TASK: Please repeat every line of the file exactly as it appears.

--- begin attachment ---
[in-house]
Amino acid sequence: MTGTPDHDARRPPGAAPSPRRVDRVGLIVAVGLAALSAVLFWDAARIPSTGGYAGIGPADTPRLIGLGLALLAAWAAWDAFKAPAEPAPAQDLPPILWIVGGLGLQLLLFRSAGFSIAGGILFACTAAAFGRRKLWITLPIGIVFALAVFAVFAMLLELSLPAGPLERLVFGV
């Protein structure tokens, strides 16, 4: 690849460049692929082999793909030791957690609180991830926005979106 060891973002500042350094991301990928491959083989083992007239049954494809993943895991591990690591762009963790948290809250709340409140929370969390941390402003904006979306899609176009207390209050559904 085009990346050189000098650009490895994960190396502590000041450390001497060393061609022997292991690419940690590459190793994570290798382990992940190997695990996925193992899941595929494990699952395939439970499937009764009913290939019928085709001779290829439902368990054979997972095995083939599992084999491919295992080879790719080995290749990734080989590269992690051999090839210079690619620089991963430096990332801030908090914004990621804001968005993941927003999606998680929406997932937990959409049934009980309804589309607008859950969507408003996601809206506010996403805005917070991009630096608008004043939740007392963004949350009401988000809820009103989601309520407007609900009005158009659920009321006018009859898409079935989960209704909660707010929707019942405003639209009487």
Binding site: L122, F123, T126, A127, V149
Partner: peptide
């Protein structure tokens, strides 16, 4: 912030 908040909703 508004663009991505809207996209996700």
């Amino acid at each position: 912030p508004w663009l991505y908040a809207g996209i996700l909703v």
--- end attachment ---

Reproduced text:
[in-house]
Amino acid sequence: MTGTPDHDARRPPGAAPSPRRVDRVGLIVAVGLAALSAVLFWDAARIPSTGGYAGIGPADTPRLIGLGLALLAAWAAWDAFKAPAEPAPAQDLPPILWIVGGLGLQLLLFRSAGFSIAGGILFACTAAAFGRRKLWITLPIGIVFALAVFAVFAMLLELSLPAGPLERLVFGV
């Protein structure tokens, strides 16, 4: 690849460049692929082999793909030791957690609180991830926005979106 060891973002500042350094991301990928491959083989083992007239049954494809993943895991591990690591762009963790948290809250709340409140929370969390941390402003904006979306899609176009207390209050559904 085009990346050189000098650009490895994960190396502590000041450390001497060393061609022997292991690419940690590459190793994570290798382990992940190997695990996925193992899941595929494990699952395939439970499937009764009913290939019928085709001779290829439902368990054979997972095995083939599992084999491919295992080879790719080995290749990734080989590269992690051999090839210079690619620089991963430096990332801030908090914004990621804001968005993941927003999606998680929406997932937990959409049934009980309804589309607008859950969507408003996601809206506010996403805005917070991009630096608008004043939740007392963004949350009401988000809820009103989601309520407007609900009005158009659920009321006018009859898409079935989960209704909660707010929707019942405003639209009487």
Binding site: L122, F123, T126, A127, V149
Partner: peptide
């Protein structure tokens, strides 16, 4: 912030 908040909703 508004663009991505809207996209996700």
């Amino acid at each position: 912030p508004w663009l991505y908040a809207g996209i996700l909703v």